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Title Article: The New Hoboken Freight Terminal of the Lackawanna R.R.; in The Engineering Record, V. 53, No. 1, Jan. 6, 1906.
Object Name Article
Catalog Number 2011.005.0087
Collection Hoboken Railroad Collection
Credit Museum Collections. Gift of a friend of the Museum.
Scope & Content Article: The New Hoboken Freight Terminal of the Lackawanna R.R. As published in The Engineering Record, Vol. 53, No. 1, Jan. 6, 1906, pp. 28-29. Leaves, two, removed from publication, 10" wide x 13-1/2" high. Text is in notes.

Figure captioned: The Present and Proposed Arrangement of Freight Terminal Piers and Slips of the Lackawanna R.R. at Hoboken, N.J.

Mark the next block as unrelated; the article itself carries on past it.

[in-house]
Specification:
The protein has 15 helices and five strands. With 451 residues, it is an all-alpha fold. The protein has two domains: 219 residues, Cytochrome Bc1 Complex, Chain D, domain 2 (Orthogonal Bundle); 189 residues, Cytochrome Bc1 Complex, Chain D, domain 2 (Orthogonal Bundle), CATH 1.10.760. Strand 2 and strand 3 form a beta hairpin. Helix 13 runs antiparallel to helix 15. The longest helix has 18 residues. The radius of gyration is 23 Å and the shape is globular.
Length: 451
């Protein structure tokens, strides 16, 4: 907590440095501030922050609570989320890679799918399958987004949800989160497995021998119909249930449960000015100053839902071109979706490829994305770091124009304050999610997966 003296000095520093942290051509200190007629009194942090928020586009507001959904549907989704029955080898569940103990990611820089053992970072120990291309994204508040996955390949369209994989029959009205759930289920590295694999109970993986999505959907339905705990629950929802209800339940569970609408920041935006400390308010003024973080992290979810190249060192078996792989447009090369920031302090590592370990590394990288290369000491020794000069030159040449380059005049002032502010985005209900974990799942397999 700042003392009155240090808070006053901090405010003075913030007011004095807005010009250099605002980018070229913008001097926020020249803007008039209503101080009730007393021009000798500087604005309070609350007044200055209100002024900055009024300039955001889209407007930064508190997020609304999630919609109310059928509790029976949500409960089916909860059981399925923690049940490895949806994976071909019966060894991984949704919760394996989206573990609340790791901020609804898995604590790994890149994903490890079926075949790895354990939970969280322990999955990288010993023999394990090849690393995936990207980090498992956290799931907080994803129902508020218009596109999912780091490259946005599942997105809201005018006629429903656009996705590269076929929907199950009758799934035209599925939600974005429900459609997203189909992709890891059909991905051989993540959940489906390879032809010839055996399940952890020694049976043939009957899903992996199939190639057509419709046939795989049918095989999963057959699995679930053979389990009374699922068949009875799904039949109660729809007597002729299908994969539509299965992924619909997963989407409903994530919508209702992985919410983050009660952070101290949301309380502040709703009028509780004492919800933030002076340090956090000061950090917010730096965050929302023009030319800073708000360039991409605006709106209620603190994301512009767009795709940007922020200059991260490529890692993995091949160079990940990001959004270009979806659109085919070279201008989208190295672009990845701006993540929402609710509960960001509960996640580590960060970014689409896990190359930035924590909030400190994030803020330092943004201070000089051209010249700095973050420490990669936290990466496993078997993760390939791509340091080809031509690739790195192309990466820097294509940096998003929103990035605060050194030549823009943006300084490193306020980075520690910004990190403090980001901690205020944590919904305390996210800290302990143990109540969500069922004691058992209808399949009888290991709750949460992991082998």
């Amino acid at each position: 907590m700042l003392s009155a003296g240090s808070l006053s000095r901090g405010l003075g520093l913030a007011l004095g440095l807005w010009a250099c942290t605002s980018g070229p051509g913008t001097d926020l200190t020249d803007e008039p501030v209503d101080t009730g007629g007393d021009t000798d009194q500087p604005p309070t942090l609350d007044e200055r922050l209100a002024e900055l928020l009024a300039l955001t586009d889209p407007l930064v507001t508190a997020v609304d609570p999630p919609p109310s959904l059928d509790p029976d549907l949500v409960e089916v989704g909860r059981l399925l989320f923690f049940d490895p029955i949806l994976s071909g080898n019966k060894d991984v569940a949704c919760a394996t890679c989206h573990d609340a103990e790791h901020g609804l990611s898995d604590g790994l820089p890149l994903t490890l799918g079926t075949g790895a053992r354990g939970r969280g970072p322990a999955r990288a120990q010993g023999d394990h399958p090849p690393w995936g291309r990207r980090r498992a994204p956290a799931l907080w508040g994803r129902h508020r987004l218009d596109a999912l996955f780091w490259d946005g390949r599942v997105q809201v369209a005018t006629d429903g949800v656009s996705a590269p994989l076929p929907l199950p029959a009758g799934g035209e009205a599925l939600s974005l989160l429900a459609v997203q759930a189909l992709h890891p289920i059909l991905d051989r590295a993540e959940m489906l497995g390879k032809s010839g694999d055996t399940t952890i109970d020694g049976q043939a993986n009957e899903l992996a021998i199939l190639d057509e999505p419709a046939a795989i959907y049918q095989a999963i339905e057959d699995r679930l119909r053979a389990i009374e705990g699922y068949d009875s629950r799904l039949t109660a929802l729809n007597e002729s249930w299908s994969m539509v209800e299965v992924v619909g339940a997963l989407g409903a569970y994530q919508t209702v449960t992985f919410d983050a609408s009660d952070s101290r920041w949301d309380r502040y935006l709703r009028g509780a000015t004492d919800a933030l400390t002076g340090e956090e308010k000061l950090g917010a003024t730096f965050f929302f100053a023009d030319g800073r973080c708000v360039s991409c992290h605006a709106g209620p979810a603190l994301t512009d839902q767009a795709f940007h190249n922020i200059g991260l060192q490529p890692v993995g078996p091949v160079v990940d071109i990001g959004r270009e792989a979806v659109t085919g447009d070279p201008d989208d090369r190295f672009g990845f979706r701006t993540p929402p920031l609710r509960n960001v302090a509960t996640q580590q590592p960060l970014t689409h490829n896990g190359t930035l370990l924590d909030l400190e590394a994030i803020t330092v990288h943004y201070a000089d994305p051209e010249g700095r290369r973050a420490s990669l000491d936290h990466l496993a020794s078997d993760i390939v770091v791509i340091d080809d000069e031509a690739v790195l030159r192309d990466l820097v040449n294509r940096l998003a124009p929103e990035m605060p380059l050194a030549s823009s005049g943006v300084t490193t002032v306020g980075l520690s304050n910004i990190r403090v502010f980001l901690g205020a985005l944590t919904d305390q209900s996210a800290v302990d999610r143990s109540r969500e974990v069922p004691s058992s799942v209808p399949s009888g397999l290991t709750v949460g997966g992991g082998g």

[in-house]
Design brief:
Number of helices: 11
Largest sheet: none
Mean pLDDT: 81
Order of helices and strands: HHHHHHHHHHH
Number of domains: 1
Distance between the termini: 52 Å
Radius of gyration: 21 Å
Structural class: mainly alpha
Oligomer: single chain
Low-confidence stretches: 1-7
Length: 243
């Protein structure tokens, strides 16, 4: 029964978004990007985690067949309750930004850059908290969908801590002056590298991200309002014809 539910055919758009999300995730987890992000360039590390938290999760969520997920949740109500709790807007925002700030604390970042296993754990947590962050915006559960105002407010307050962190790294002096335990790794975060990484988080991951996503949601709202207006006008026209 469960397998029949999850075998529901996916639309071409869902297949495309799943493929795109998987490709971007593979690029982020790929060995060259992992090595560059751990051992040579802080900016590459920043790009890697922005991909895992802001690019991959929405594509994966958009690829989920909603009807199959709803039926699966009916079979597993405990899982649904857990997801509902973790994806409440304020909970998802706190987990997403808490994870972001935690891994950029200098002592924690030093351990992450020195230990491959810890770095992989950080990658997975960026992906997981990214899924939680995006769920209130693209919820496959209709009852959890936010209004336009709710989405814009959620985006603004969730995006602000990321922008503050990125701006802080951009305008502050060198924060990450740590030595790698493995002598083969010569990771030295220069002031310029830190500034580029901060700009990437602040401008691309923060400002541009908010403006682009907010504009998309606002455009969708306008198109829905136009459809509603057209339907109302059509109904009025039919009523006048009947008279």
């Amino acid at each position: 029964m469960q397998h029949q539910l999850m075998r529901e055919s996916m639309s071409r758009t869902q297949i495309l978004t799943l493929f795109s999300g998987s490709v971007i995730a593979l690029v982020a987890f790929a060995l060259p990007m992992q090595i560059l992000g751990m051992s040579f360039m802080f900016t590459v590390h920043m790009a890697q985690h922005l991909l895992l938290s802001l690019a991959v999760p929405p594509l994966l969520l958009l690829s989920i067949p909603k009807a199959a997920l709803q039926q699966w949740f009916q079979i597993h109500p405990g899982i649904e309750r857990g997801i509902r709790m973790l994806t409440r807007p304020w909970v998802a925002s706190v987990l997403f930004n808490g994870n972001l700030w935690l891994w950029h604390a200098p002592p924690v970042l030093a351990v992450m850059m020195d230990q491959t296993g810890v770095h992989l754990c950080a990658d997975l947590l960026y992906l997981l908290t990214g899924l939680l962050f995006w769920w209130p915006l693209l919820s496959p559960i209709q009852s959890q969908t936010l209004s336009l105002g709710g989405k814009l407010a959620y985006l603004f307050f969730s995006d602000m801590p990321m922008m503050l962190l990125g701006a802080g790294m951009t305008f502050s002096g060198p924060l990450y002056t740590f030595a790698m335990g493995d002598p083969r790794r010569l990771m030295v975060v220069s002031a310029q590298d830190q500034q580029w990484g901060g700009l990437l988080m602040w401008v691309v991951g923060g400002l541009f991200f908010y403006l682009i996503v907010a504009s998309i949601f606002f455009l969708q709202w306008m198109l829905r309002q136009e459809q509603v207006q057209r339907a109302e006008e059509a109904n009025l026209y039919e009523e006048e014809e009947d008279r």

The Delaware, Lackawanna & Western Railroad was at this time rebuilding the passenger terminal which was destroyed by a fire in August of 1905. The article describes plans for the D.L.& W. freight yard pier facilities which were south of the passenger terminal (Lackawanna Terminal) in Hoboken. The piers were mostly in Jersey City; the city line between Hoboken and Jersey City ran through the northern part of this plot, but is not indicated on it.

Except for the the top part of the plan where Ferry Slip No. 1 and Pier Nos. 3 and 4 (Pier Nos. 2 and 3) are seen, the southern piers were not part of the area affected by the fire. The re-design and re-building discussed in the article are improvements necessary for increased freight operations which apparently were connected to a related facility in Secaucus.

The coal operations were part of the Delaware, Lackawanna & Western Coal Co.
Notes 2011.005.0087